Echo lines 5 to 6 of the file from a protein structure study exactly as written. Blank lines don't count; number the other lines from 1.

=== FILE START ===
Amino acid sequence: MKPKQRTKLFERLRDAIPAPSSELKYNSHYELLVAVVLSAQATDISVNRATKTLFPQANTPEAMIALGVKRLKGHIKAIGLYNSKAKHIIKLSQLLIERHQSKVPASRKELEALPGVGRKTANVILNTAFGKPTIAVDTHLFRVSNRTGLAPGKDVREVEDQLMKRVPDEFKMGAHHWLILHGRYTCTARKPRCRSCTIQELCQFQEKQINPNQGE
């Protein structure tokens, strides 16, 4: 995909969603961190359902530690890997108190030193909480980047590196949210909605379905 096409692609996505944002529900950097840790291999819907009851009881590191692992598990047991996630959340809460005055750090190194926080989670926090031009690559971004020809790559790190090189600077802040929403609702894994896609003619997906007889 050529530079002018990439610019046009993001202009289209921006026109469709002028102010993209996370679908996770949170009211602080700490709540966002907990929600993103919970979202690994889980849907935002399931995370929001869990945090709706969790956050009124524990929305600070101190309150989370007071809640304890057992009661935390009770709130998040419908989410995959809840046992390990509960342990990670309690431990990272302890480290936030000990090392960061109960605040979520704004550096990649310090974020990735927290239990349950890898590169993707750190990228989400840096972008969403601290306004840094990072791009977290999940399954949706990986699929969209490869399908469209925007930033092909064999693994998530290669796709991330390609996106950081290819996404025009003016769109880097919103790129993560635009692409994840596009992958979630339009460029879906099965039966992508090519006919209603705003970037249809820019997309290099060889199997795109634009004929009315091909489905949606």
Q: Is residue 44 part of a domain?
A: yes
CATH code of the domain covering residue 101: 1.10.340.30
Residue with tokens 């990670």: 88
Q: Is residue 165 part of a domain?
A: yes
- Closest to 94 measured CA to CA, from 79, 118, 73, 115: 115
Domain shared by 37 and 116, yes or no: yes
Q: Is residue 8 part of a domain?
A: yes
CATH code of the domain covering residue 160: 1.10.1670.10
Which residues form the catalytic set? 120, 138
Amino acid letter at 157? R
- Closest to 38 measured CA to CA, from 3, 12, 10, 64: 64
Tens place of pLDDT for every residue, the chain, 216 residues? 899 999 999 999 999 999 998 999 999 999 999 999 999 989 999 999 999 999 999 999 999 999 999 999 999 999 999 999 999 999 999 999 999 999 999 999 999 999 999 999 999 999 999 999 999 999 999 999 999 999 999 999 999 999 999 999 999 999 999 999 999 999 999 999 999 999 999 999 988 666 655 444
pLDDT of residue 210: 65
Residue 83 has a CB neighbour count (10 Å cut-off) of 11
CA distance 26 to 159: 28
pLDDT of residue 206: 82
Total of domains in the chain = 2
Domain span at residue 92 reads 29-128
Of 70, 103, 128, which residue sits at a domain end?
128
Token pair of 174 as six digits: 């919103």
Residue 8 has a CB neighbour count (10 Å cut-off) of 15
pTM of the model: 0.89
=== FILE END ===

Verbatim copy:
CATH code of the domain covering residue 101: 1.10.340.30
Residue with tokens 């990670």: 88